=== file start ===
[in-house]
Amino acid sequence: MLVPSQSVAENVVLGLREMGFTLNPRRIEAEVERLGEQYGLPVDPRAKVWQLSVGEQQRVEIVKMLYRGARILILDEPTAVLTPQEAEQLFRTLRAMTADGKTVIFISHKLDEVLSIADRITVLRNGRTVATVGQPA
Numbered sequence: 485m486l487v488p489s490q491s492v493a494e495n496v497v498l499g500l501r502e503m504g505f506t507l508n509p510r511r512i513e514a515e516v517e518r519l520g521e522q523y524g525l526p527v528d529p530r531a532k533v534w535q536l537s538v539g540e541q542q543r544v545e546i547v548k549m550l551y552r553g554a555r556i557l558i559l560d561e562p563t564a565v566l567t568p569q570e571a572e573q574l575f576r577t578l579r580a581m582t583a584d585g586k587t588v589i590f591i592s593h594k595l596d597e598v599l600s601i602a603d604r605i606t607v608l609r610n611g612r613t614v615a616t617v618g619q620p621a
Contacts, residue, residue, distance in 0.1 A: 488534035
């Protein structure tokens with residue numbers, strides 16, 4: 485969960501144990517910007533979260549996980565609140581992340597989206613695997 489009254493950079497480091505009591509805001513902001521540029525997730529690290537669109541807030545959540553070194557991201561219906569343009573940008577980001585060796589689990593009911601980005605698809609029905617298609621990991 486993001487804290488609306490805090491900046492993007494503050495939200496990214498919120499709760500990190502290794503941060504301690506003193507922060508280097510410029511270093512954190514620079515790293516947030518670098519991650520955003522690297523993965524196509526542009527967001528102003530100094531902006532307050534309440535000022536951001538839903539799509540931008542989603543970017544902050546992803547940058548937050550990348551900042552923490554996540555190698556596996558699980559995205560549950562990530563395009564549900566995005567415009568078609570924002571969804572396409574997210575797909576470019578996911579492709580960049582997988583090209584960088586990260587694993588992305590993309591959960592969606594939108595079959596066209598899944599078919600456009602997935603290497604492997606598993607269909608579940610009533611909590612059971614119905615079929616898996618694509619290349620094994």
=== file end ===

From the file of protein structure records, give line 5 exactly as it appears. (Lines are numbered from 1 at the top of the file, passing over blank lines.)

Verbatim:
């Protein structure tokens with residue numbers, strides 16, 4: 485969960501144990517910007533979260549996980565609140581992340597989206613695997 489009254493950079497480091505009591509805001513902001521540029525997730529690290537669109541807030545959540553070194557991201561219906569343009573940008577980001585060796589689990593009911601980005605698809609029905617298609621990991 486993001487804290488609306490805090491900046492993007494503050495939200496990214498919120499709760500990190502290794503941060504301690506003193507922060508280097510410029511270093512954190514620079515790293516947030518670098519991650520955003522690297523993965524196509526542009527967001528102003530100094531902006532307050534309440535000022536951001538839903539799509540931008542989603543970017544902050546992803547940058548937050550990348551900042552923490554996540555190698556596996558699980559995205560549950562990530563395009564549900566995005567415009568078609570924002571969804572396409574997210575797909576470019578996911579492709580960049582997988583090209584960088586990260587694993588992305590993309591959960592969606594939108595079959596066209598899944599078919600456009602997935603290497604492997606598993607269909608579940610009533611909590612059971614119905615079929616898996618694509619290349620094994």